* "The festivals of the pitiful and miserable Jews are soon to march upon us one after the other and in quick succession: the feast of Trumpets, the feast of Tabernacles, the [[fast]]s. There are many in our ranks who say they think as we do. Yet some of these are going to watch the festivals and others will join the Jews in keeping their feasts and observing their fasts. I wish to drive this perverse custom from the Church right now." (Homily I, I, 5)
* "Shall I tell you of their plundering, their covetousness, their abandonment of the poor, their thefts, their cheating in trade?
the whole day long will not be enough to give you an account of these things. But do their festivals have something solemn and great about them? They have shown that these, too, are impure." (Homily I, VII, 1)
* "But before I draw up my battle line against the Jews, I will be glad to talk to those who are members of our own body, those who seem to belong to our ranks although they observe the Jewish rites and make every effort to defend them. Because they do this, as I see it, they deserve a stronger condemnation than any Jew." (Homily IV, II, 4)
* "Are you Jews still disputing the question? Do you not see that you are condemned by the testimony of what [[Christ]] and the [[prophet]]s predicted and which the facts have proved? But why should this surprise me? That is the kind of people you are. From the beginning you have been shameless and obstinate, ready to fight at all times against obvious facts." (Homily V, XII, 1)
Many researchers believe that the purpose of these attacks was to prevent Christians from joining with Jewish customs, and thus prevent the erosion of Chrysostom's flock. Others characterize Chrysostom and other Church fathers as anti-Semitic.
See also: [http://
www.chrysostom.org/jews.html Was Saint John Chrysostom Anti-Semitic?]
== Work on liturgy ==
enthroned.jpg|right| thumb|250px|St. John enthroned]]Two of his writings deserve special mention. He harmonized the liturgical life of the Church by revising the [[prayer]]s and rubrics of the [[Divine Liturgy]], or celebration of the Holy [[Eucharist]]. To this day, the [[Orthodox Church]] typically celebrates the Divine Liturgy of John Chrysostom, together with [[Roman Catholic Church|Roman Catholic]] churches that are in the Eastern or Byzantine rites (i.e., [[Uniate]]s). These same churches also read his [[Paschal Homily]] at every [[Pascha]], the greatest feast of the [[Church]] year.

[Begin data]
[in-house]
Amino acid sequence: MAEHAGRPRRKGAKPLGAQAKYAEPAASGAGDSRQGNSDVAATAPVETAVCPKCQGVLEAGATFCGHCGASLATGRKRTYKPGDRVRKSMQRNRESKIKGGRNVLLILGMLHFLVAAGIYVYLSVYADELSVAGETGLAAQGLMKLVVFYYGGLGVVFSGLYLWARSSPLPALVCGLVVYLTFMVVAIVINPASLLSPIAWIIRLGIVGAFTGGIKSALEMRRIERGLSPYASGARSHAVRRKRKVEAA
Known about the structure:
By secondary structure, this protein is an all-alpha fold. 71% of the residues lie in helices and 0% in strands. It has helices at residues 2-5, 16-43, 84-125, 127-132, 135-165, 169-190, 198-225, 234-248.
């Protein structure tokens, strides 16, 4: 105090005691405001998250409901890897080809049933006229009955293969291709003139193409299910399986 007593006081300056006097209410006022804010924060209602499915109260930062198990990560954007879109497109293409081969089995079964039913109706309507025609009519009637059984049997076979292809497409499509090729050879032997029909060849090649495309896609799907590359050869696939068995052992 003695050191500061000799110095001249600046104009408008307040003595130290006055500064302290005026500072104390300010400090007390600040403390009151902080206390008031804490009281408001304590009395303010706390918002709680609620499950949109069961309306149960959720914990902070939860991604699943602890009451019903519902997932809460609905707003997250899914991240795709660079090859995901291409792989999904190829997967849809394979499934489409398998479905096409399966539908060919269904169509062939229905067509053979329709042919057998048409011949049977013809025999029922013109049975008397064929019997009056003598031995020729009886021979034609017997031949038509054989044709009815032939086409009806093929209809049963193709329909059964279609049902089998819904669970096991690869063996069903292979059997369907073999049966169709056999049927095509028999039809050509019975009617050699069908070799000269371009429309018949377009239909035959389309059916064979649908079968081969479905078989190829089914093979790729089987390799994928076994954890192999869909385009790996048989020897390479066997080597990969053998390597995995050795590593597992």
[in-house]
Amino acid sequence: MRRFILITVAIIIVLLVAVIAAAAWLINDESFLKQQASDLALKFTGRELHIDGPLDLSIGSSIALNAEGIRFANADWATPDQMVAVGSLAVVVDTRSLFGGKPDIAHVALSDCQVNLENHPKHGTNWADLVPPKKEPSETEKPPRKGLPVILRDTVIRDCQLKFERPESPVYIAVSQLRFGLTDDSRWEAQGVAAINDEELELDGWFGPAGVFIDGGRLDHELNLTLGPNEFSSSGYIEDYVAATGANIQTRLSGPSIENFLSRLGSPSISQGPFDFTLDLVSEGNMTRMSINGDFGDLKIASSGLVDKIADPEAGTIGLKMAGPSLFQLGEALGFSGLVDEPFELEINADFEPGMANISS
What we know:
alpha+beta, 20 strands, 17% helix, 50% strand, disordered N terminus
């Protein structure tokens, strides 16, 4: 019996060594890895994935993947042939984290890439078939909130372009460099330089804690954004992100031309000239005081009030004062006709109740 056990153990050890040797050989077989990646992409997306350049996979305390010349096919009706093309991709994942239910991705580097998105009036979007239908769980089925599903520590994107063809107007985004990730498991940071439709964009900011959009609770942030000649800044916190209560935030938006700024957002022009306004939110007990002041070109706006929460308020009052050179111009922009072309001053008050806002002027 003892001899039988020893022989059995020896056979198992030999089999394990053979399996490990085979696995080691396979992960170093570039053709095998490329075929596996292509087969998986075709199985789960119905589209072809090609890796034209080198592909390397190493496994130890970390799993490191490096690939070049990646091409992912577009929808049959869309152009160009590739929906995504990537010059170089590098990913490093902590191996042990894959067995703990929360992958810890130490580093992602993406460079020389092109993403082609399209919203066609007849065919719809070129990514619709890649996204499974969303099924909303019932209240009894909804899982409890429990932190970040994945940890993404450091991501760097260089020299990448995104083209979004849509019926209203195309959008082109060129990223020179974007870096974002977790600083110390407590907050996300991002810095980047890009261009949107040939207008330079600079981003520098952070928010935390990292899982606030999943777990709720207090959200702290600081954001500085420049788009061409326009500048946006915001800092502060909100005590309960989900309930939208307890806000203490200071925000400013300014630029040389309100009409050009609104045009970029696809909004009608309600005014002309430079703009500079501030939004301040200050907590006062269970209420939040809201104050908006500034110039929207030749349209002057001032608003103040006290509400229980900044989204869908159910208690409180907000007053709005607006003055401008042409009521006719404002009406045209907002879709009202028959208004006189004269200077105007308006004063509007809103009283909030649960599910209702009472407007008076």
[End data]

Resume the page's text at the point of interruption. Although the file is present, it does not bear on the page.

== Modern influence == Whatever the original intent of Chrysostom, his writings have been circulated by many groups in an attempt to foster [[anti-Semitism]] or opposition to Christianity. One of the groups to use him thus were the Nazis during World War II. They used St. John 's writings to try to convince Christians in Germany and Austria that the Jews deserved to be exterminated.
Additionally, Orthodox Christians throughout the world participate in St. John's [[ Divine Liturgy of St. John Chrysostom| Divine Liturgy]] nearly every week and hear his famous Paschal Homily at every Pascha.
*[[w:John Chrysostom|''John Chrysostom'' at Wikipedia ]]
== External links ==
*[http://www.chrysostom.org/ The Saint John Chrysostom Webpage]
*[http://www.ccel.org/c/chrysostom/ Works about and by John Chrysostom] from the Christian Classics Ethereal Library
/en/chapel/ saints.asp?contentid=290 John Chrysostom, Archbishop of Constantinople] ([[GOARCH]])*[http://goarch.org /en/chapel/ saints.asp?contentid=405 Removal of the Relics of John Chrysostom, Archbishop of Constantinople] (GOARCH)
*[http://ocafs.oca.org/FeastSaintsViewer.asp?FSID=103292 St. John Chrysostom the Archbishop of Constantinople] ([[OCA]])
*[http://ocafs.oca.org/FeastSaintsViewer.asp?FSID=102611 Repose of St John Chrysostom, Archbishop of Constantinople] (OCA)
*[http://ocafs.oca.org/FeastSaintsViewer.asp?FSID=100327 Translation of the relics of St John Chrysostom the Archbishop of Constantinople] (OCA)
*[http://www.antiochian.org/dynamis/1100322000.html November 13, 2004 : The Martyrdom of Saint John Chrysostom] ([[Antiochian Orthodox Christian Archdiocese of North America|Antiochian]])
[[Category:Patriarchs of Constantinople]]